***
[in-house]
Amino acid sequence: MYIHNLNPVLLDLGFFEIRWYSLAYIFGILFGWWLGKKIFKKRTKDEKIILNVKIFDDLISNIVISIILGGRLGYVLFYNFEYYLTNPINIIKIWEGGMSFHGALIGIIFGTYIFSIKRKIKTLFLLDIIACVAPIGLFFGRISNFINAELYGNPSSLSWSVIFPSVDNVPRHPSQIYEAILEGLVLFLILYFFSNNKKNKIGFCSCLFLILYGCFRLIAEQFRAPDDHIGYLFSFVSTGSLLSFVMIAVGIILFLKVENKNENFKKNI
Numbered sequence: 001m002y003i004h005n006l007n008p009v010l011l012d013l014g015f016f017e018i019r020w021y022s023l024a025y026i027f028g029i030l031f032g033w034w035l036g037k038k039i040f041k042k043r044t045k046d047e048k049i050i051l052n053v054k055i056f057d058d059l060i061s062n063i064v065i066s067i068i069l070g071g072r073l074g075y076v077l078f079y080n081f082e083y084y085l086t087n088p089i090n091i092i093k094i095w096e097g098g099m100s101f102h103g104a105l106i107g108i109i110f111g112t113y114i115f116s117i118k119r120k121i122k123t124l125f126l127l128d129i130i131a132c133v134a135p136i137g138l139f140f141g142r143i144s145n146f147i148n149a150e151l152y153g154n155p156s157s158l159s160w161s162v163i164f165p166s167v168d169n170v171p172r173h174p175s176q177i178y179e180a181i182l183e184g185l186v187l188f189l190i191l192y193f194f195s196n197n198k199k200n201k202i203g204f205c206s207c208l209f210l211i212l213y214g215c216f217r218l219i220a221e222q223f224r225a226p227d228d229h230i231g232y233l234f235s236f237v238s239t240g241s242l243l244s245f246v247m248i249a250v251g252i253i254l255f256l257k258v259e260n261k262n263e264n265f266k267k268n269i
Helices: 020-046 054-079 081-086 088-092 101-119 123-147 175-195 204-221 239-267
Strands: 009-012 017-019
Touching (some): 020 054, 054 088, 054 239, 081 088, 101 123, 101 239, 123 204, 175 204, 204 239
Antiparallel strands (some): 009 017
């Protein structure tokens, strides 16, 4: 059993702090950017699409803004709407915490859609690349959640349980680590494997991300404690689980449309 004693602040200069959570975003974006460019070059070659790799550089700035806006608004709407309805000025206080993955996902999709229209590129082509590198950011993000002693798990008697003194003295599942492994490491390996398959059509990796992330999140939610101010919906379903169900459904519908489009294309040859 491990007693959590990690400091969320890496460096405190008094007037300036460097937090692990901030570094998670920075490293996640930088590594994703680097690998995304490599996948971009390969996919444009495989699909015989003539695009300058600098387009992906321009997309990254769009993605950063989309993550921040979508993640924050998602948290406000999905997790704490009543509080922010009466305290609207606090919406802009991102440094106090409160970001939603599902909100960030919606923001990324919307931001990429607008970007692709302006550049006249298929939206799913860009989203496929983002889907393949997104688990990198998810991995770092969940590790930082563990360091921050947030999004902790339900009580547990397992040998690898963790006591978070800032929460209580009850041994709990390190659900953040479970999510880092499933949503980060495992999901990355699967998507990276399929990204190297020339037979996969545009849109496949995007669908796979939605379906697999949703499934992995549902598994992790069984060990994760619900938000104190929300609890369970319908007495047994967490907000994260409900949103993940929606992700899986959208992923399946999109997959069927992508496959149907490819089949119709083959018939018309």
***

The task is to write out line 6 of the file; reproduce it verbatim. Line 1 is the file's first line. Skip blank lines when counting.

Touching (some): 020 054, 054 088, 054 239, 081 088, 101 123, 101 239, 123 204, 175 204, 204 239